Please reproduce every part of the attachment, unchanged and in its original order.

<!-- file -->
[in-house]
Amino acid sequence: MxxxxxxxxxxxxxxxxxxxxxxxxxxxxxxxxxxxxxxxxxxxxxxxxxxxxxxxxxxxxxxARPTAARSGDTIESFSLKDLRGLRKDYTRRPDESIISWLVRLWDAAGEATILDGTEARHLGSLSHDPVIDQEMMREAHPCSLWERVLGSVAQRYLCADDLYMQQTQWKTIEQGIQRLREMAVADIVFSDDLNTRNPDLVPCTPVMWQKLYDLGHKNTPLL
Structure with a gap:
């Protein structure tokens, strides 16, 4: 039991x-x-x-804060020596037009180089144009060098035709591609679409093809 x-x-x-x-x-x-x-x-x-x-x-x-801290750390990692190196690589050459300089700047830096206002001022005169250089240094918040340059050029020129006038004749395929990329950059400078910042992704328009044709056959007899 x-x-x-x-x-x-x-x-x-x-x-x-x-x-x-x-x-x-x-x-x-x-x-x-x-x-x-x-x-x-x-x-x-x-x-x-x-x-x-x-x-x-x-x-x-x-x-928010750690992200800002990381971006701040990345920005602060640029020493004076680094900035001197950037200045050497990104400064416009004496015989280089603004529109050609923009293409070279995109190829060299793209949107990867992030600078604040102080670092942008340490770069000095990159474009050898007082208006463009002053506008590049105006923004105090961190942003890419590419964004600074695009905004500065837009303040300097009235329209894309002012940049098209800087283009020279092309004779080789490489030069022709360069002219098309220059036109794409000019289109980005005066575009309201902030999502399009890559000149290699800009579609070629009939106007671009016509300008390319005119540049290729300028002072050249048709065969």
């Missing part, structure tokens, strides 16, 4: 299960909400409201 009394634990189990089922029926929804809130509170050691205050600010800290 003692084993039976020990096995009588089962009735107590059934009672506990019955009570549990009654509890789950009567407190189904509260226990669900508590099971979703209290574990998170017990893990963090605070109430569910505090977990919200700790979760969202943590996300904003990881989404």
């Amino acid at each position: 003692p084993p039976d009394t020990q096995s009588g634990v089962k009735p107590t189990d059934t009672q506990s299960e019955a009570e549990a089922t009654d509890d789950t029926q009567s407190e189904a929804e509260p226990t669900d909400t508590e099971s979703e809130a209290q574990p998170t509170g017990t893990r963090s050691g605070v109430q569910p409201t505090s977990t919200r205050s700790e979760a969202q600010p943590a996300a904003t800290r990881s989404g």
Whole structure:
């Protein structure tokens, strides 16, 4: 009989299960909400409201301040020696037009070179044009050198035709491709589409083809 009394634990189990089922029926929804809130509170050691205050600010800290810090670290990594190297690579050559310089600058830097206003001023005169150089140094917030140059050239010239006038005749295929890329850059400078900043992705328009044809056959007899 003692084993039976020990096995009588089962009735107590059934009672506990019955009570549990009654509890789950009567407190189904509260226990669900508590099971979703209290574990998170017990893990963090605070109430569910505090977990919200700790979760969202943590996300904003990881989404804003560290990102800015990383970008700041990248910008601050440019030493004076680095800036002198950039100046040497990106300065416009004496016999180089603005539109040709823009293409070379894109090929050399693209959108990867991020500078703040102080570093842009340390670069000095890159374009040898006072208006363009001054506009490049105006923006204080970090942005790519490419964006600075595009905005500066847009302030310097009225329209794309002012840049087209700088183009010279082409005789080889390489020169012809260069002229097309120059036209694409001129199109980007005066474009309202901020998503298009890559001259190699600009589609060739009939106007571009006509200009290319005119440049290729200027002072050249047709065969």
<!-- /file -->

[in-house]
Amino acid sequence: MxxxxxxxxxxxxxxxxxxxxxxxxxxxxxxxxxxxxxxxxxxxxxxxxxxxxxxxxxxxxxxARPTAARSGDTIESFSLKDLRGLRKDYTRRPDESIISWLVRLWDAAGEATILDGTEARHLGSLSHDPVIDQEMMREAHPCSLWERVLGSVAQRYLCADDLYMQQTQWKTIEQGIQRLREMAVADIVFSDDLNTRNPDLVPCTPVMWQKLYDLGHKNTPLL
Structure with a gap:
């Protein structure tokens, strides 16, 4: 039991x-x-x-804060020596037009180089144009060098035709591609679409093809 x-x-x-x-x-x-x-x-x-x-x-x-801290750390990692190196690589050459300089700047830096206002001022005169250089240094918040340059050029020129006038004749395929990329950059400078910042992704328009044709056959007899 x-x-x-x-x-x-x-x-x-x-x-x-x-x-x-x-x-x-x-x-x-x-x-x-x-x-x-x-x-x-x-x-x-x-x-x-x-x-x-x-x-x-x-x-x-x-x-928010750690992200800002990381971006701040990345920005602060640029020493004076680094900035001197950037200045050497990104400064416009004496015989280089603004529109050609923009293409070279995109190829060299793209949107990867992030600078604040102080670092942008340490770069000095990159474009050898007082208006463009002053506008590049105006923004105090961190942003890419590419964004600074695009905004500065837009303040300097009235329209894309002012940049098209800087283009020279092309004779080789490489030069022709360069002219098309220059036109794409000019289109980005005066575009309201902030999502399009890559000149290699800009579609070629009939106007671009016509300008390319005119540049290729300028002072050249048709065969």
């Missing part, structure tokens, strides 16, 4: 299960909400409201 009394634990189990089922029926929804809130509170050691205050600010800290 003692084993039976020990096995009588089962009735107590059934009672506990019955009570549990009654509890789950009567407190189904509260226990669900508590099971979703209290574990998170017990893990963090605070109430569910505090977990919200700790979760969202943590996300904003990881989404």
């Amino acid at each position: 003692p084993p039976d009394t020990q096995s009588g634990v089962k009735p107590t189990d059934t009672q506990s299960e019955a009570e549990a089922t009654d509890d789950t029926q009567s407190e189904a929804e509260p226990t669900d909400t508590e099971s979703e809130a209290q574990p998170t509170g017990t893990r963090s050691g605070v109430q569910p409201t505090s977990t919200r205050s700790e979760a969202q600010p943590a996300a904003t800290r990881s989404g």
Whole structure:
């Protein structure tokens, strides 16, 4: 009989299960909400409201301040020696037009070179044009050198035709491709589409083809 009394634990189990089922029926929804809130509170050691205050600010800290810090670290990594190297690579050559310089600058830097206003001023005169150089140094917030140059050239010239006038005749295929890329850059400078900043992705328009044809056959007899 003692084993039976020990096995009588089962009735107590059934009672506990019955009570549990009654509890789950009567407190189904509260226990669900508590099971979703209290574990998170017990893990963090605070109430569910505090977990919200700790979760969202943590996300904003990881989404804003560290990102800015990383970008700041990248910008601050440019030493004076680095800036002198950039100046040497990106300065416009004496016999180089603005539109040709823009293409070379894109090929050399693209959108990867991020500078703040102080570093842009340390670069000095890159374009040898006072208006363009001054506009490049105006923006204080970090942005790519490419964006600075595009905005500066847009302030310097009225329209794309002012840049087209700088183009010279082409005789080889390489020169012809260069002229097309120059036209694409001129199109980007005066474009309202901020998503298009890559001259190699600009589609060739009939106007571009006509200009290319005119440049290729200027002072050249047709065969």